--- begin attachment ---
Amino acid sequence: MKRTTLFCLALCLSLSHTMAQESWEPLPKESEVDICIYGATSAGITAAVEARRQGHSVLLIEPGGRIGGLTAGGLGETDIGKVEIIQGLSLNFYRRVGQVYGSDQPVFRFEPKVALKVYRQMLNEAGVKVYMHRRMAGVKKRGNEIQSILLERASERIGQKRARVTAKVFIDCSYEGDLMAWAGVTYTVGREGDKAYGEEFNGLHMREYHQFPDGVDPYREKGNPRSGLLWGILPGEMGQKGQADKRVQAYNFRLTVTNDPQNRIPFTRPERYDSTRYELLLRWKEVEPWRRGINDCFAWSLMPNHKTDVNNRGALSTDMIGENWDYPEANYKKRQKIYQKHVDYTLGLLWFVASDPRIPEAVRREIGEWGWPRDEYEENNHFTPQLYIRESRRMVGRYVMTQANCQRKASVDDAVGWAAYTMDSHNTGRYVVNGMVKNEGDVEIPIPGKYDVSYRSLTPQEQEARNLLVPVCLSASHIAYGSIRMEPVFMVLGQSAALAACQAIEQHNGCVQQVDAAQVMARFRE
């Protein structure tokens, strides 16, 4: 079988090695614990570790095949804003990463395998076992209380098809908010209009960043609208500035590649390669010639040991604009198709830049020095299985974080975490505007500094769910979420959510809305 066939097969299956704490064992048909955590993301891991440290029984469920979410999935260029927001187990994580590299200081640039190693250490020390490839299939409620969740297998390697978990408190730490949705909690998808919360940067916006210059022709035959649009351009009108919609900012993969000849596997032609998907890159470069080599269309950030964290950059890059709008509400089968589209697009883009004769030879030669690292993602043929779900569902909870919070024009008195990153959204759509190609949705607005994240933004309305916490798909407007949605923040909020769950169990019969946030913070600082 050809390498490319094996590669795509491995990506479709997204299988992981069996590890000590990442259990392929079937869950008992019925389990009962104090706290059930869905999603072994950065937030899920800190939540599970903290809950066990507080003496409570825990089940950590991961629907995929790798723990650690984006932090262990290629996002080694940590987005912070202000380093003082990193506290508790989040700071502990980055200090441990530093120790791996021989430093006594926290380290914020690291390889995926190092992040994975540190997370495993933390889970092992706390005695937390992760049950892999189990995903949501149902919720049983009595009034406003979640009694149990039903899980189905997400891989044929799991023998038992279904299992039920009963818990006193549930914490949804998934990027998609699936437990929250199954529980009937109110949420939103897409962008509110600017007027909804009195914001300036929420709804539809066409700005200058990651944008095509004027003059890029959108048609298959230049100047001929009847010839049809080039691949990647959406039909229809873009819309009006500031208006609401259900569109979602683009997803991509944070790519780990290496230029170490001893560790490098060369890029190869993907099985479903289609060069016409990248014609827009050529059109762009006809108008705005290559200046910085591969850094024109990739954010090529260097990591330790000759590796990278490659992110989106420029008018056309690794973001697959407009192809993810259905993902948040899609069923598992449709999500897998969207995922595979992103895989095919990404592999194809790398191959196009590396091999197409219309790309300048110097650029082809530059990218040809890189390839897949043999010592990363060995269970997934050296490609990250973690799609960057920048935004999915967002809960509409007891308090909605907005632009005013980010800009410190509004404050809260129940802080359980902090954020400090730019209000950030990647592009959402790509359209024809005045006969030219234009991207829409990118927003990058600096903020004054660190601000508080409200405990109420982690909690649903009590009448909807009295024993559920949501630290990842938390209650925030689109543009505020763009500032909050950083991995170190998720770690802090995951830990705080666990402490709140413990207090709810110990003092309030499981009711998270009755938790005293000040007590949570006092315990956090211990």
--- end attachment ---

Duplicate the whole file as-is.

Amino acid sequence: MKRTTLFCLALCLSLSHTMAQESWEPLPKESEVDICIYGATSAGITAAVEARRQGHSVLLIEPGGRIGGLTAGGLGETDIGKVEIIQGLSLNFYRRVGQVYGSDQPVFRFEPKVALKVYRQMLNEAGVKVYMHRRMAGVKKRGNEIQSILLERASERIGQKRARVTAKVFIDCSYEGDLMAWAGVTYTVGREGDKAYGEEFNGLHMREYHQFPDGVDPYREKGNPRSGLLWGILPGEMGQKGQADKRVQAYNFRLTVTNDPQNRIPFTRPERYDSTRYELLLRWKEVEPWRRGINDCFAWSLMPNHKTDVNNRGALSTDMIGENWDYPEANYKKRQKIYQKHVDYTLGLLWFVASDPRIPEAVRREIGEWGWPRDEYEENNHFTPQLYIRESRRMVGRYVMTQANCQRKASVDDAVGWAAYTMDSHNTGRYVVNGMVKNEGDVEIPIPGKYDVSYRSLTPQEQEARNLLVPVCLSASHIAYGSIRMEPVFMVLGQSAALAACQAIEQHNGCVQQVDAAQVMARFRE
């Protein structure tokens, strides 16, 4: 079988090695614990570790095949804003990463395998076992209380098809908010209009960043609208500035590649390669010639040991604009198709830049020095299985974080975490505007500094769910979420959510809305 066939097969299956704490064992048909955590993301891991440290029984469920979410999935260029927001187990994580590299200081640039190693250490020390490839299939409620969740297998390697978990408190730490949705909690998808919360940067916006210059022709035959649009351009009108919609900012993969000849596997032609998907890159470069080599269309950030964290950059890059709008509400089968589209697009883009004769030879030669690292993602043929779900569902909870919070024009008195990153959204759509190609949705607005994240933004309305916490798909407007949605923040909020769950169990019969946030913070600082 050809390498490319094996590669795509491995990506479709997204299988992981069996590890000590990442259990392929079937869950008992019925389990009962104090706290059930869905999603072994950065937030899920800190939540599970903290809950066990507080003496409570825990089940950590991961629907995929790798723990650690984006932090262990290629996002080694940590987005912070202000380093003082990193506290508790989040700071502990980055200090441990530093120790791996021989430093006594926290380290914020690291390889995926190092992040994975540190997370495993933390889970092992706390005695937390992760049950892999189990995903949501149902919720049983009595009034406003979640009694149990039903899980189905997400891989044929799991023998038992279904299992039920009963818990006193549930914490949804998934990027998609699936437990929250199954529980009937109110949420939103897409962008509110600017007027909804009195914001300036929420709804539809066409700005200058990651944008095509004027003059890029959108048609298959230049100047001929009847010839049809080039691949990647959406039909229809873009819309009006500031208006609401259900569109979602683009997803991509944070790519780990290496230029170490001893560790490098060369890029190869993907099985479903289609060069016409990248014609827009050529059109762009006809108008705005290559200046910085591969850094024109990739954010090529260097990591330790000759590796990278490659992110989106420029008018056309690794973001697959407009192809993810259905993902948040899609069923598992449709999500897998969207995922595979992103895989095919990404592999194809790398191959196009590396091999197409219309790309300048110097650029082809530059990218040809890189390839897949043999010592990363060995269970997934050296490609990250973690799609960057920048935004999915967002809960509409007891308090909605907005632009005013980010800009410190509004404050809260129940802080359980902090954020400090730019209000950030990647592009959402790509359209024809005045006969030219234009991207829409990118927003990058600096903020004054660190601000508080409200405990109420982690909690649903009590009448909807009295024993559920949501630290990842938390209650925030689109543009505020763009500032909050950083991995170190998720770690802090995951830990705080666990402490709140413990207090709810110990003092309030499981009711998270009755938790005293000040007590949570006092315990956090211990």